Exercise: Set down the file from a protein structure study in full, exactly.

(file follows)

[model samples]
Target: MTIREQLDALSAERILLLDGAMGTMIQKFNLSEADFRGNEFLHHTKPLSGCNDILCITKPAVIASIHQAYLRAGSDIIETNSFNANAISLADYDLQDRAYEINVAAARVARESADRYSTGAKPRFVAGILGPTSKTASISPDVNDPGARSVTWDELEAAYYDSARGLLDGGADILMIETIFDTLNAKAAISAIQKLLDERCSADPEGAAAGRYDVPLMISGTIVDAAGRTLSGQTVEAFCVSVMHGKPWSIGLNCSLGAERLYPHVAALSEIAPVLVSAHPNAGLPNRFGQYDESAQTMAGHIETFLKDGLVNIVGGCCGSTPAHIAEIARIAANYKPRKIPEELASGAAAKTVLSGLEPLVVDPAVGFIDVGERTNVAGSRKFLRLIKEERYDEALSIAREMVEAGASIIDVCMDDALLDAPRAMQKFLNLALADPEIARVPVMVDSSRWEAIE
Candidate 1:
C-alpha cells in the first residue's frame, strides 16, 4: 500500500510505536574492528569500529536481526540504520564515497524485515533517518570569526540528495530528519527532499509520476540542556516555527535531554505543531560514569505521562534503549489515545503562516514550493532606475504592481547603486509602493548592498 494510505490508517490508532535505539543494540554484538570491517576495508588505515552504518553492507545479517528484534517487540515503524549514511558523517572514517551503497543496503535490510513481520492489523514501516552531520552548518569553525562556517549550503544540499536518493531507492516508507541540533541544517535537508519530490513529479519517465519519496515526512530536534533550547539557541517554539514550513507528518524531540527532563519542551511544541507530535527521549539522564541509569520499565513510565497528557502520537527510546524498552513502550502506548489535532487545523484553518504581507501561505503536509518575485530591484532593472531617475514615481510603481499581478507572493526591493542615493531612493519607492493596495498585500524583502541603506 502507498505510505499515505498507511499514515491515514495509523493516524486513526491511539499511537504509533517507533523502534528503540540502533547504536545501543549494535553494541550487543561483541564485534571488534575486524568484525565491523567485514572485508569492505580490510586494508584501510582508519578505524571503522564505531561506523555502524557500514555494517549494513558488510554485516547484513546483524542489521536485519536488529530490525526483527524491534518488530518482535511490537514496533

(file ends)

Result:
[model samples]
Target: MTIREQLDALSAERILLLDGAMGTMIQKFNLSEADFRGNEFLHHTKPLSGCNDILCITKPAVIASIHQAYLRAGSDIIETNSFNANAISLADYDLQDRAYEINVAAARVARESADRYSTGAKPRFVAGILGPTSKTASISPDVNDPGARSVTWDELEAAYYDSARGLLDGGADILMIETIFDTLNAKAAISAIQKLLDERCSADPEGAAAGRYDVPLMISGTIVDAAGRTLSGQTVEAFCVSVMHGKPWSIGLNCSLGAERLYPHVAALSEIAPVLVSAHPNAGLPNRFGQYDESAQTMAGHIETFLKDGLVNIVGGCCGSTPAHIAEIARIAANYKPRKIPEELASGAAAKTVLSGLEPLVVDPAVGFIDVGERTNVAGSRKFLRLIKEERYDEALSIAREMVEAGASIIDVCMDDALLDAPRAMQKFLNLALADPEIARVPVMVDSSRWEAIE
Candidate 1:
C-alpha cells in the first residue's frame, strides 16, 4: 500500500510505536574492528569500529536481526540504520564515497524485515533517518570569526540528495530528519527532499509520476540542556516555527535531554505543531560514569505521562534503549489515545503562516514550493532606475504592481547603486509602493548592498 494510505490508517490508532535505539543494540554484538570491517576495508588505515552504518553492507545479517528484534517487540515503524549514511558523517572514517551503497543496503535490510513481520492489523514501516552531520552548518569553525562556517549550503544540499536518493531507492516508507541540533541544517535537508519530490513529479519517465519519496515526512530536534533550547539557541517554539514550513507528518524531540527532563519542551511544541507530535527521549539522564541509569520499565513510565497528557502520537527510546524498552513502550502506548489535532487545523484553518504581507501561505503536509518575485530591484532593472531617475514615481510603481499581478507572493526591493542615493531612493519607492493596495498585500524583502541603506 502507498505510505499515505498507511499514515491515514495509523493516524486513526491511539499511537504509533517507533523502534528503540540502533547504536545501543549494535553494541550487543561483541564485534571488534575486524568484525565491523567485514572485508569492505580490510586494508584501510582508519578505524571503522564505531561506523555502524557500514555494517549494513558488510554485516547484513546483524542489521536485519536488529530490525526483527524491534518488530518482535511490537514496533